Tuesday, 11 June 2019

Environmental News this week...

First ICESat-2 Global Data Released




More than a trillion new measurements of Earth’s height – blanketing everything from glaciers in Greenland, to mangrove forests in Florida, to sea ice surrounding Antarctica – are now available to the public. With millions more observations added each day, data from NASA’s Ice, Cloud and land Elevation Satellite-2 is providing a precise global portrait of elevation and will allow scientists to track even the slightest changes in the planet’s polar regions. This satellite is all sow used to track cracking ice.

 ICESat-2 will be able to measure the shift in annual elevation across the ice sheet to within a fraction of an inch. To do this, the satellite uses a laser altimeter – an instrument that times how long it takes light to travel to Earth’s surface and back. With that time – along with the knowledge of where in space ICESat-2 is, and where on Earth the laser is pointing – computer programs create a height data point. The data is originally processed at NASA Goddard, then turned into advanced data products that researchers will be able to use to study elevations across the globe.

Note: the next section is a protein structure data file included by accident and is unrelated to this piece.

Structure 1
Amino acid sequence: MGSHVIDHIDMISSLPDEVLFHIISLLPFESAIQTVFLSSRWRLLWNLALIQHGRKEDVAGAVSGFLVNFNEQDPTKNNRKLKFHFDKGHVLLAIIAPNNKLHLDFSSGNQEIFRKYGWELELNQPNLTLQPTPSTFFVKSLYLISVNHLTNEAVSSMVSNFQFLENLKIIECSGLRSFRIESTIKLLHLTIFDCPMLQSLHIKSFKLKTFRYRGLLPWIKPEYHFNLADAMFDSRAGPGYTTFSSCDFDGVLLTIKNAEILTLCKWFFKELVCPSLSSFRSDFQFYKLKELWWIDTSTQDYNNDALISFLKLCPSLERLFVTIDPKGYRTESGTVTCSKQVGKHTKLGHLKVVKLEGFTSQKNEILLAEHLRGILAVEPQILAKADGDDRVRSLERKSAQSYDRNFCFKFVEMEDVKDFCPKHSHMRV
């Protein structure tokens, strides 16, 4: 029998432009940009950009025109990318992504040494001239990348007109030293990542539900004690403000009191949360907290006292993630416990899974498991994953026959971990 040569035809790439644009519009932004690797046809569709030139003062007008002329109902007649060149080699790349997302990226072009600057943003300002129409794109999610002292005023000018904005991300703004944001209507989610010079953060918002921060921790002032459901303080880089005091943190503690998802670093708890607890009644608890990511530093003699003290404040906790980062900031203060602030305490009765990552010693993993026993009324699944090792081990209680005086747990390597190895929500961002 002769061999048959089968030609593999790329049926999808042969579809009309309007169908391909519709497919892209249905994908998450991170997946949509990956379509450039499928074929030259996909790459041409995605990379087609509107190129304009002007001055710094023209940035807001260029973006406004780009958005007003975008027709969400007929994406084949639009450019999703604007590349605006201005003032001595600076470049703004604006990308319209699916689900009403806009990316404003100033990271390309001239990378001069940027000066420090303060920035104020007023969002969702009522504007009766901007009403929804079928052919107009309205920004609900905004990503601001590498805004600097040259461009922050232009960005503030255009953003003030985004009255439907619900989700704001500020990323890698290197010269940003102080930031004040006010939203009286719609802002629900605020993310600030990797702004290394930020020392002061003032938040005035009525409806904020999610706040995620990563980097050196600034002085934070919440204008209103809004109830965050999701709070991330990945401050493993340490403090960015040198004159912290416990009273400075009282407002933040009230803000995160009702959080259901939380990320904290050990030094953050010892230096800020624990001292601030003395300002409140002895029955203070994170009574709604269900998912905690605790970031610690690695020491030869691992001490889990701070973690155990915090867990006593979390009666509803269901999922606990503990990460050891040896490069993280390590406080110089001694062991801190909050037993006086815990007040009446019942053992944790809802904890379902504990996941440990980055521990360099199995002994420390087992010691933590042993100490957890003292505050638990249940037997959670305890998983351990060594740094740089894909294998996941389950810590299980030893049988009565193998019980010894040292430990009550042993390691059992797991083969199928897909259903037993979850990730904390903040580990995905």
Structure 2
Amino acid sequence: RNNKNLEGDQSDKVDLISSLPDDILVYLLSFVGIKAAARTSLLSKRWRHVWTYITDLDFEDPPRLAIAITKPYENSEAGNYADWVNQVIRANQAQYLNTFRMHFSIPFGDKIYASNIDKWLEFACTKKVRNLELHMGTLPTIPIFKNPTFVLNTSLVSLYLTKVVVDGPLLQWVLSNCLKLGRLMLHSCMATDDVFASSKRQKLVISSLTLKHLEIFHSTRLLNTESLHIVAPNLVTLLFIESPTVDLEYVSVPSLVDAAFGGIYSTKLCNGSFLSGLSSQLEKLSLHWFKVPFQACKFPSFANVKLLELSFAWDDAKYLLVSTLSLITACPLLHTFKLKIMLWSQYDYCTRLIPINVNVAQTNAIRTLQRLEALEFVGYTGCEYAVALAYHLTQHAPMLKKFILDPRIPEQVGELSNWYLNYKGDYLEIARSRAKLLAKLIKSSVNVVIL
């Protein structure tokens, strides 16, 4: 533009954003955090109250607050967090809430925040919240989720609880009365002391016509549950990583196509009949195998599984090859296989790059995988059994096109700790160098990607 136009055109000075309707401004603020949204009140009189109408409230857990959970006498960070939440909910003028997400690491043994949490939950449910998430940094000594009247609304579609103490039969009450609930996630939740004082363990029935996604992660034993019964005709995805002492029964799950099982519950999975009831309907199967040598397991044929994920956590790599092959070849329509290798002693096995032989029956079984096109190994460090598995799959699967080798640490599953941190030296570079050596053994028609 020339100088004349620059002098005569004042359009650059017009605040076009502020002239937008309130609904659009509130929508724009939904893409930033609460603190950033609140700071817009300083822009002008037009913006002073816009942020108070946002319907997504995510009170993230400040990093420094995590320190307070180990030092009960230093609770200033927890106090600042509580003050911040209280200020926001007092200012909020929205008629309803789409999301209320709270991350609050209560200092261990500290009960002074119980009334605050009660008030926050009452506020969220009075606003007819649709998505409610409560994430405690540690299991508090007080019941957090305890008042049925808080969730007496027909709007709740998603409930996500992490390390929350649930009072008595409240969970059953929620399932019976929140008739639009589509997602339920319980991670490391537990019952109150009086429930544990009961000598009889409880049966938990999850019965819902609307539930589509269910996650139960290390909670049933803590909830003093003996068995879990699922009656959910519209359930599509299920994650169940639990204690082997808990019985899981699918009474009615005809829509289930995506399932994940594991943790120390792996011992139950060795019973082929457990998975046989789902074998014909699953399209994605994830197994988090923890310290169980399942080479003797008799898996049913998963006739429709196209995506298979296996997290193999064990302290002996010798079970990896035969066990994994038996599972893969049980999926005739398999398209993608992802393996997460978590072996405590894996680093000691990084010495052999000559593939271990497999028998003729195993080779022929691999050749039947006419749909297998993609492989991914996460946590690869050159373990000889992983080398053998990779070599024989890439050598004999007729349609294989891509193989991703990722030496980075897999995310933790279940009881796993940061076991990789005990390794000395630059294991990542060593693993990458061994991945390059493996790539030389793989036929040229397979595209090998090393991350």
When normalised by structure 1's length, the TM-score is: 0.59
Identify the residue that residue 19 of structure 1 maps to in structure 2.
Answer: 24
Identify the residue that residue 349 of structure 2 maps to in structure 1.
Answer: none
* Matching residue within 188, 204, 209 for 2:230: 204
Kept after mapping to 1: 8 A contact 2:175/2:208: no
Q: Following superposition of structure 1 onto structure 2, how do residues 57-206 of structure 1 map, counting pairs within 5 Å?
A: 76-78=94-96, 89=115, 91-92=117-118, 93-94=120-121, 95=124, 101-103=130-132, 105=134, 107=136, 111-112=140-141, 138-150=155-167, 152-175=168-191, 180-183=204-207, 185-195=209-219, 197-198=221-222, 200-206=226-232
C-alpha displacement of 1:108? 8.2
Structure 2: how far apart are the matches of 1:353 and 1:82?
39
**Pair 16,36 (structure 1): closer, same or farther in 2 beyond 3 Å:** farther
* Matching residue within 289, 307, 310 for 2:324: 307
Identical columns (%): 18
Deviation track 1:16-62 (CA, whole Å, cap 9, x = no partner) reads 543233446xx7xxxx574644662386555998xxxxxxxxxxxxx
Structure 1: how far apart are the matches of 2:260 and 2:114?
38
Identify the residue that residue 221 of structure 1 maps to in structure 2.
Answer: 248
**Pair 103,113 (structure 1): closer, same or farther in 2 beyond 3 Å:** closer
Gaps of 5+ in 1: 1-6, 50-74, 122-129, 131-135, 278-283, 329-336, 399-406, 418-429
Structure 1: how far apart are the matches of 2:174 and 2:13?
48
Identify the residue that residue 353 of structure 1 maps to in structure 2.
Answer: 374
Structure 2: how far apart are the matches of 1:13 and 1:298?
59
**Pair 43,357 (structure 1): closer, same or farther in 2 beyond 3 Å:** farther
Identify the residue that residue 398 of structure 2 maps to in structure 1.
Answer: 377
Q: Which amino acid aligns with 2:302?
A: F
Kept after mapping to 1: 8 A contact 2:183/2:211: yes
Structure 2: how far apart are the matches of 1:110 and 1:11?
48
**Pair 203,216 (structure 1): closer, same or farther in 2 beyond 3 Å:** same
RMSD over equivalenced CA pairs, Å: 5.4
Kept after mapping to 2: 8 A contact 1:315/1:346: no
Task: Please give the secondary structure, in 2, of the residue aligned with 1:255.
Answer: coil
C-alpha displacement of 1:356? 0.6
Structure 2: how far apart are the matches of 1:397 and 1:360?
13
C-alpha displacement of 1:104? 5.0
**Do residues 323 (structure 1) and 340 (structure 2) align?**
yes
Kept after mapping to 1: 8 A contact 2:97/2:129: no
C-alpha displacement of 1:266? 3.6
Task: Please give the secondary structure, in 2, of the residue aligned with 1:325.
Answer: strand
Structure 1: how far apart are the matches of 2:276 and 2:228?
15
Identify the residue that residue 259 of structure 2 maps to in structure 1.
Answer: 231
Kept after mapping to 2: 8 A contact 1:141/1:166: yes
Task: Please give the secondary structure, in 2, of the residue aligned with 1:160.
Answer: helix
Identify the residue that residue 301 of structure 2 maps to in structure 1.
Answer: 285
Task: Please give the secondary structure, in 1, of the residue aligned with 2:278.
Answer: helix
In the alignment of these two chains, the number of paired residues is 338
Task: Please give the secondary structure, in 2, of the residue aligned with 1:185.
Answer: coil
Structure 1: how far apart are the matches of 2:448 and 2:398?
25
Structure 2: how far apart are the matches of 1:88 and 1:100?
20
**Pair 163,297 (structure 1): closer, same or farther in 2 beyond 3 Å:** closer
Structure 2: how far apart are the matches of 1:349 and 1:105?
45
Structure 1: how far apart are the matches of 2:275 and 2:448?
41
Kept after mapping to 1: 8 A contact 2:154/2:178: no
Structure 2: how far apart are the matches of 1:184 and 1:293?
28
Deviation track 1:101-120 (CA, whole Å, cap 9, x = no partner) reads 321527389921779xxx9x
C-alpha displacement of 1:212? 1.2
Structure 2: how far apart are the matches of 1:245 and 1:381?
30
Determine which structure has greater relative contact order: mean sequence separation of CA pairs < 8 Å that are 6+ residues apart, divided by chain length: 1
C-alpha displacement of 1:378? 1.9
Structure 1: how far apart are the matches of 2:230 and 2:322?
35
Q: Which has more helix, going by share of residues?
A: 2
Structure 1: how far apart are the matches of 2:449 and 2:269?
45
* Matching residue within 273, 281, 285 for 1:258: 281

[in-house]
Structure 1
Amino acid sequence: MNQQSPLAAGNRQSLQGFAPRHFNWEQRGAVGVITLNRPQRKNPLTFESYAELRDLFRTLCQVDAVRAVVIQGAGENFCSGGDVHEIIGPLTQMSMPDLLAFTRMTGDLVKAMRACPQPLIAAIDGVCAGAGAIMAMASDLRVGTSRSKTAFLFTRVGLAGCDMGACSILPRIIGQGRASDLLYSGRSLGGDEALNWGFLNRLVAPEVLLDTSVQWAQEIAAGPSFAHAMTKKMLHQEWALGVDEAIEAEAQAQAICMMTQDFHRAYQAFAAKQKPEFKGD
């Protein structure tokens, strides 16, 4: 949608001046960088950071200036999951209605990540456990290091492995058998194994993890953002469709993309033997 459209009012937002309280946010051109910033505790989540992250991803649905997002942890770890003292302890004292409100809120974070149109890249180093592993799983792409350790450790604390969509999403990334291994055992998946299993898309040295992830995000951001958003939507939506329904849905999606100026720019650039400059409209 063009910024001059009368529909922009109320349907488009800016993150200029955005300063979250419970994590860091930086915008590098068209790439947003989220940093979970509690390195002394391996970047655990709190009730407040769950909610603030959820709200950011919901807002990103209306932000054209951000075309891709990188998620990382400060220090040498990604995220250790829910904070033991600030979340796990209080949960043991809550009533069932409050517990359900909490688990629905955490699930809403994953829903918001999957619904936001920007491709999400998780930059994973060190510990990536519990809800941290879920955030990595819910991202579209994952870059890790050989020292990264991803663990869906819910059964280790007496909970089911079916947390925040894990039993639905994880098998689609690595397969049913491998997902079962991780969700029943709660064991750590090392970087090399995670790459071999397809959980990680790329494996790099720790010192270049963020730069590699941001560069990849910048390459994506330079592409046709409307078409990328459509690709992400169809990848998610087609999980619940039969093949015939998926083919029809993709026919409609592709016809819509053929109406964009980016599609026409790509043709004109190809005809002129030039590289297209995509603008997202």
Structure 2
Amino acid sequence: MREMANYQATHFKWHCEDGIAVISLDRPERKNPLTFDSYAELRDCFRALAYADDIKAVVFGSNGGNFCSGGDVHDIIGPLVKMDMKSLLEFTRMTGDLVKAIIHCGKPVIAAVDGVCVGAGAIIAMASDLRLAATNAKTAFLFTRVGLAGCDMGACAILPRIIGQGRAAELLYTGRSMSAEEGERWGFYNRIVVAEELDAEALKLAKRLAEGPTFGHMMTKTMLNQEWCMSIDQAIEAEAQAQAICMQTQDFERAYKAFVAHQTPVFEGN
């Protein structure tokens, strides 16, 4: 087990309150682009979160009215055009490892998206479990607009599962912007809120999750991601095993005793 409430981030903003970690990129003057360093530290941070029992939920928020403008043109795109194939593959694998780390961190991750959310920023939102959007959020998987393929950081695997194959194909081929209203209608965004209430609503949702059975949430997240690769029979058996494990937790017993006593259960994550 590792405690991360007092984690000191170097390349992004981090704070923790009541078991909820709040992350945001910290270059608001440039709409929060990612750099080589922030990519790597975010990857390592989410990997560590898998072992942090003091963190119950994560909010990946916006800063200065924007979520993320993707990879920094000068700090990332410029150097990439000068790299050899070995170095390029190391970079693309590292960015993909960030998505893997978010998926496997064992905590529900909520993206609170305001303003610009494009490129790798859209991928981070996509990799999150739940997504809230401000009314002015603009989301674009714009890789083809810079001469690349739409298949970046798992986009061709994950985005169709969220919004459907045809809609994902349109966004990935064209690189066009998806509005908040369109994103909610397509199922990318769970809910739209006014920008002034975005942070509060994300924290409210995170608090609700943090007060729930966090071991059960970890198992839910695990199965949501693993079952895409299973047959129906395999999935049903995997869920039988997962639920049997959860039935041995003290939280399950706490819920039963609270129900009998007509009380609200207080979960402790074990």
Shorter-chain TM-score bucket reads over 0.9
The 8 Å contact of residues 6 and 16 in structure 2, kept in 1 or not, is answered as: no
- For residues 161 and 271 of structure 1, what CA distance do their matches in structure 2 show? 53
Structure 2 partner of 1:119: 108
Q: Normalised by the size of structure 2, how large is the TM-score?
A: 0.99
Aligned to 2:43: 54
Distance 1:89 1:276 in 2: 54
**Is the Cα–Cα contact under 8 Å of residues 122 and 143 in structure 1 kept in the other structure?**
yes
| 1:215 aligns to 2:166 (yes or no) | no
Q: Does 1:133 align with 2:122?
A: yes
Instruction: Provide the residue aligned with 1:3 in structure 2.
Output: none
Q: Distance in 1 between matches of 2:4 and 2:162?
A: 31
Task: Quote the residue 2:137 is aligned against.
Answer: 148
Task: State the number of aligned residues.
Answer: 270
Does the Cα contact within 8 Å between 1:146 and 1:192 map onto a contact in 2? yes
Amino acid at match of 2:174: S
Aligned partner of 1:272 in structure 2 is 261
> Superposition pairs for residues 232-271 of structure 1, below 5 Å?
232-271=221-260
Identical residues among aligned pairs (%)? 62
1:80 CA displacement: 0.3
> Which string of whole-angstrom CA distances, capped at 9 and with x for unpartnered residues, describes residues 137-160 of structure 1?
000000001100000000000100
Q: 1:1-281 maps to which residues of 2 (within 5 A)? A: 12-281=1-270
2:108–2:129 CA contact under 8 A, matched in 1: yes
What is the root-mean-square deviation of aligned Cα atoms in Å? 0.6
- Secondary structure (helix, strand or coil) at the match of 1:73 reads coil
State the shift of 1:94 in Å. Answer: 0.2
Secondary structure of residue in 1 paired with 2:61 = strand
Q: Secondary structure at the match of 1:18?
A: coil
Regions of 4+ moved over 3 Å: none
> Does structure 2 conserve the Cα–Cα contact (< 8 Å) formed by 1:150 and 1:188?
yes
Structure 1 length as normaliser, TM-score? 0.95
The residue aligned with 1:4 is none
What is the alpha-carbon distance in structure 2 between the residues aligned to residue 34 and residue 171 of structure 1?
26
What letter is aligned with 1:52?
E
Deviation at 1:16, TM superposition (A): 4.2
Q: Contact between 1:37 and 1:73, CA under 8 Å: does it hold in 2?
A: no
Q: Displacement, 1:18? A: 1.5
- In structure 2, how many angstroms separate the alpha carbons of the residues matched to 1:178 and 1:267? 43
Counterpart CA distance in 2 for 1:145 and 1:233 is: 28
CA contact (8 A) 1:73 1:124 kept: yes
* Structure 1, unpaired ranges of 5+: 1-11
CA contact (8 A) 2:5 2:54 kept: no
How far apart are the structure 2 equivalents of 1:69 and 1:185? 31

ICESat-2 data products are now available for free from the National Snow and Ice Data Center at https://nsidc.org/data/icesat-2.

Thanks Pol for the post!!

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